Property: Wind Mountain Ranch, LLC v. City of Temple, No. 07-07-0305-CV (Tex. App. – Amarillo, Nov. 25, 3008) (mem. op.). The city prevailed in a property action where the appellant Wind Mountain did not properly assign error.
Sovereign Immunity – Tort: Ivo Nabelek v. City of Houston, No. 01-06-01097-CV (Tex. App. – Houston, Nov. 26, 2008) (mem. op.). A plaintiff must ensure that service of process is properly accomplished to the proper agent of the city for a statute of limitations claim to be estopped.
You can view attorney general opinions at www.oag.state.tx.us. On the same site, you can also sign up to receive e-mail updates of opinion requests and newly released opinions.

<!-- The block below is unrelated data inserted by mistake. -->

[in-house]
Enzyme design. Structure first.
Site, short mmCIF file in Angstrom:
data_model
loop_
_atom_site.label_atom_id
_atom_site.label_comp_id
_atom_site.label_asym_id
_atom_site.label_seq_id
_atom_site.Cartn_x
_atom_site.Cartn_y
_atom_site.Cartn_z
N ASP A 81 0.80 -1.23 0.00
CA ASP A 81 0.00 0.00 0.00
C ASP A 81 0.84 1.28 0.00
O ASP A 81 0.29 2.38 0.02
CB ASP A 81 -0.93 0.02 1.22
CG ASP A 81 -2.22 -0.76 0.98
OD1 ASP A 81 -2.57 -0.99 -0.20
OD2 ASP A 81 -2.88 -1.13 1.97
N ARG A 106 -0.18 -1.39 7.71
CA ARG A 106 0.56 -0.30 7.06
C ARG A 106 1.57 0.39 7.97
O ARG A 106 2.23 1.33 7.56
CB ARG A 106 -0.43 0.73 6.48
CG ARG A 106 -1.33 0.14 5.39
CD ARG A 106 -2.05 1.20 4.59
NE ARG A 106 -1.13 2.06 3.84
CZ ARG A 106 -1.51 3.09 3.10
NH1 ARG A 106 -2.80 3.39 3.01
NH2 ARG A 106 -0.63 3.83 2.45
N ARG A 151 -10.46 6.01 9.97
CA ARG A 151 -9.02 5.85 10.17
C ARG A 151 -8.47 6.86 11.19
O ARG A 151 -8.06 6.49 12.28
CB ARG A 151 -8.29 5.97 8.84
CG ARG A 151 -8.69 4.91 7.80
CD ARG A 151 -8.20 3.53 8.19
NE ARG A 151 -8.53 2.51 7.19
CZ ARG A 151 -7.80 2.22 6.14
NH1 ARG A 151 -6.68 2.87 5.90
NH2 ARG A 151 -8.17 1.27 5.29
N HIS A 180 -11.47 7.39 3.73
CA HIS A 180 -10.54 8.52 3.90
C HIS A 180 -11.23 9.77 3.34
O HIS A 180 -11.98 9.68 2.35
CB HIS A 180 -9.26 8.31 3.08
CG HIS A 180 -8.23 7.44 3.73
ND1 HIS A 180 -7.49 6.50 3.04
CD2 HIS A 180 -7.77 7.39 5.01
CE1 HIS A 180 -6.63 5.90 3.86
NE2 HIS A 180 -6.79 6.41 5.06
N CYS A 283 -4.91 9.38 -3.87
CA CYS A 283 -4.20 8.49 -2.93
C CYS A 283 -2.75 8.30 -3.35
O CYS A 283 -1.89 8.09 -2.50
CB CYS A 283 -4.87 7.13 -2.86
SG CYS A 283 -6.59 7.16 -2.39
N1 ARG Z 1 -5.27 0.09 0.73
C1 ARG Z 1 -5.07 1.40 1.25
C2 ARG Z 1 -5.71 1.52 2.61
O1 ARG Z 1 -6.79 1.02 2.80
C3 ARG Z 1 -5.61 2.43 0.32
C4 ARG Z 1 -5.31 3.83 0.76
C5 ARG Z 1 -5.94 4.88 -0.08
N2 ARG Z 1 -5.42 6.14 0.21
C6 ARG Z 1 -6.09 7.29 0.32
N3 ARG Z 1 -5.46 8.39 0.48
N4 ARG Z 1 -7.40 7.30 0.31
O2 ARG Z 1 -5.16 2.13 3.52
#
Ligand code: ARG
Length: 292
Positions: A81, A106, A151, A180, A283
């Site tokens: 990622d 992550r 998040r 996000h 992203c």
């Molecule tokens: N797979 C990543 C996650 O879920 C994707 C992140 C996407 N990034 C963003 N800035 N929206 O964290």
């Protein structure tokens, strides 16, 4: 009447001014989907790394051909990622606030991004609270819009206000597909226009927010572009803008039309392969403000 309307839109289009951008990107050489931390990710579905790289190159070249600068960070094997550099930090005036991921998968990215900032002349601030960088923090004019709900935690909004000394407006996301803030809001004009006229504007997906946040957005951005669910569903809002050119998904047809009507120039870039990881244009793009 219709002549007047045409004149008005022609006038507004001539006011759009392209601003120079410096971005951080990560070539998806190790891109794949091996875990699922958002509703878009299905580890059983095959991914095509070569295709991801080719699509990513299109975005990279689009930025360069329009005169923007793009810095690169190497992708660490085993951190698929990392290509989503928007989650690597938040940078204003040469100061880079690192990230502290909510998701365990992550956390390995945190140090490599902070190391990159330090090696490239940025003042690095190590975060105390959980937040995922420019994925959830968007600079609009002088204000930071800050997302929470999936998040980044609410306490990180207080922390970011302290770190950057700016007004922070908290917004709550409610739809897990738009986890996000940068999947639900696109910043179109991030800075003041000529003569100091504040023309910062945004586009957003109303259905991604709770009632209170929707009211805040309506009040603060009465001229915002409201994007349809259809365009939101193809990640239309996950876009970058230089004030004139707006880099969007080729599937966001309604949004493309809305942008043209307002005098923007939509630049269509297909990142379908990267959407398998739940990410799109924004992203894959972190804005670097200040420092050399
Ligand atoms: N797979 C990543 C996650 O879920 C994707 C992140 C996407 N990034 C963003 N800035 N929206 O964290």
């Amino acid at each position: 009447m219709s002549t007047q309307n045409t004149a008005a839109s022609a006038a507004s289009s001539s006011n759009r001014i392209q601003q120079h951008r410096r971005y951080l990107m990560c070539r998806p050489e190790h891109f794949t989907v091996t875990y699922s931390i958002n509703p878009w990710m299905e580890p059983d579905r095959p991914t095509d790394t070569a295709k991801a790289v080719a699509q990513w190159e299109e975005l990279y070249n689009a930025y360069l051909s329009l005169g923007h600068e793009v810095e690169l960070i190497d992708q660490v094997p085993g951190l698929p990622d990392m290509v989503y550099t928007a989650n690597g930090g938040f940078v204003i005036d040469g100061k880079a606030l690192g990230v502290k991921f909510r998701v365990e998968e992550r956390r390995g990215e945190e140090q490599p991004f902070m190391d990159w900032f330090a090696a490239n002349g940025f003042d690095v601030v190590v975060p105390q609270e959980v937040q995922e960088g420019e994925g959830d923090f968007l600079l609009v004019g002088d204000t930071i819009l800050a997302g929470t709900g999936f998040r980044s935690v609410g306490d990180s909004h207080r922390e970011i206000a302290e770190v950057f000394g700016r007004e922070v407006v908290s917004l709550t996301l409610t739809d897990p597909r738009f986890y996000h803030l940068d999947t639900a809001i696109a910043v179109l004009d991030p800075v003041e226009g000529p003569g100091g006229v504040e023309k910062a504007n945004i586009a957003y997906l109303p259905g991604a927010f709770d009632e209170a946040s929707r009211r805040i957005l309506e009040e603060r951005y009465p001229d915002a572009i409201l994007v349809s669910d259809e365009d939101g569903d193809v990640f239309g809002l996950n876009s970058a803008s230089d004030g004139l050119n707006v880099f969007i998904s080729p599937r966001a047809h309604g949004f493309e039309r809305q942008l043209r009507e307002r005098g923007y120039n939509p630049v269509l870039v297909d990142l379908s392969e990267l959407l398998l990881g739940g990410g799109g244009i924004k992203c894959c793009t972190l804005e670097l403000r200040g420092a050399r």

As a supplement to TCAA News, please check the TML Legislative Update Newsletter and TML’s Connect News Service .
Please contact Scott Houston, TCAA General Counsel, with your news, questions, and/or comments by e-mail at email@example.com or by phone at 512-231-7400.
TCAA members may use the information herein for any purpose. No other person may reproduce, duplicate, or distribute any part of this document without the written authorization of the Texas City Attorneys Association.